Gestational diabetes is a type of diabetes that some women develop during pregnancy. Although the percentages of having gestational diabetes are very low, it is important to know if you have it, how it could affect your pregnancy and what you can do to minimize related risks.
What is Gestational Diabetes?
When you become pregnant, your cells can be less responsive to insulin which interferes with your body developing the necessary energy to function properly. As your body needs more insulin, it is your pancreas job to supply the body with this additional insulin. If your pancreas cannot keep up with the demand of insulin from your body, then your blood glucose levels can rise too high, which can result in gestational diabetes. Most women do not maintain gestational diabetes after the birth of their child, but are at a higher risk for getting it again during future pregnancies. This could also lead to future diabetes later in life.
How it Affects Pregnancy
If blood sugar levels are too high, too much blood can end up in your baby’s blood. Once that occurs, it forces your baby’s pancreas to produce more insulin to process the extra glucose. Extra blood sugar and insulin can result in your baby putting on extra weight which can make for a difficult delivery. If your baby is too large to enter the birth canal, your doctor will need to use special maneuvers to deliver your baby. A baby that is too large to enter the birth canal is known as a macrosomic baby. A macrosomic baby typically has a larger upper body that in addition to being difficult to deliver, it can potentially cause harm to the baby in the form of fractured bones or to the mother.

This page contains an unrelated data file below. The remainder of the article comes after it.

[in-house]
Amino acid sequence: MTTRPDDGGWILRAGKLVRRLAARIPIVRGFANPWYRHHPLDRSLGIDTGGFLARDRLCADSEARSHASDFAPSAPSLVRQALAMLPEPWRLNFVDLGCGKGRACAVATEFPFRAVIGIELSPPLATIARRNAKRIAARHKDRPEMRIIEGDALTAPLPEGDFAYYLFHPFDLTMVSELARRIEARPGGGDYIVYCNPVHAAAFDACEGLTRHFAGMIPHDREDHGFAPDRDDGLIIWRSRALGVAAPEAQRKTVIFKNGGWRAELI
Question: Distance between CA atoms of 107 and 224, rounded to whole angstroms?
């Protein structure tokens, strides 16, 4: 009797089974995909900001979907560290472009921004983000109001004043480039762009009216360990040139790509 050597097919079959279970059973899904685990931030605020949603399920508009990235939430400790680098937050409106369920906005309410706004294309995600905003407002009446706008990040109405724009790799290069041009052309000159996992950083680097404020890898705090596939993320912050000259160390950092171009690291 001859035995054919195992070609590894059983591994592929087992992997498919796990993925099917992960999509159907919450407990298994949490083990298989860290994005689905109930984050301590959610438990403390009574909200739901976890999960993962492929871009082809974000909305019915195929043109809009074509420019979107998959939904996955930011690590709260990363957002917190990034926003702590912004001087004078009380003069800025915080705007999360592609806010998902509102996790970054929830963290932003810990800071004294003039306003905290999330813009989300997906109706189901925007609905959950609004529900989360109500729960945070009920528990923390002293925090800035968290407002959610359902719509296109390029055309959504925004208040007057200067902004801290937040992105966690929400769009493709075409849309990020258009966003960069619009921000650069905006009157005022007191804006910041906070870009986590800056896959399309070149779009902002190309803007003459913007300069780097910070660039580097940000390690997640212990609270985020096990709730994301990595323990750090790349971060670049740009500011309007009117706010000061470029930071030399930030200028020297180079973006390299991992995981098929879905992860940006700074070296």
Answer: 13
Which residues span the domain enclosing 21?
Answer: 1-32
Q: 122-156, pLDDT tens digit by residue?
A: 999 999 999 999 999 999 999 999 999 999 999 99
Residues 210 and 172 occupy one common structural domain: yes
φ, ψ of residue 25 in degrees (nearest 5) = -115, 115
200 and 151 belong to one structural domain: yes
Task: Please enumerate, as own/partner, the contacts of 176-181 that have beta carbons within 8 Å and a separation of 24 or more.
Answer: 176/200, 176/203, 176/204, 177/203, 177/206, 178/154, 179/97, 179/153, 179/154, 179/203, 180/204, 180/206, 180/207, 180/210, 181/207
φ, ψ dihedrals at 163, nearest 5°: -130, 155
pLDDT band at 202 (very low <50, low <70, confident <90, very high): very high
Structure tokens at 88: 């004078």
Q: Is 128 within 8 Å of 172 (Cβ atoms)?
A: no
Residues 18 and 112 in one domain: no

During pregnancy, it is best to keep your blood sugar levels in check. This includes a healthy, balanced diet along with moderate exercise. After the birth of your child, you should make every effort to nurse your baby. There is evidence that breastfeeding improves the glucose metabolism and may help prevent childhood obesity. This will help decrease your child’s risk of diabetes as an adolescent.
At the Northeast Georgia Diagnostic Clinic, our Certified Diabetes educators are educated and licensed healthcare professionals who possess distinct and specialized knowledge in diabetes self-management education. The credential demonstrates that they have mastered in depth knowledge and skills in the biological, social sciences, communication, counseling, and education to provide self-management education for those with, or at risk for diabetes.
If you would like to learn more about our approach to diabetes education or if you have questions about type 1 and type 2 diabetes, please contact us.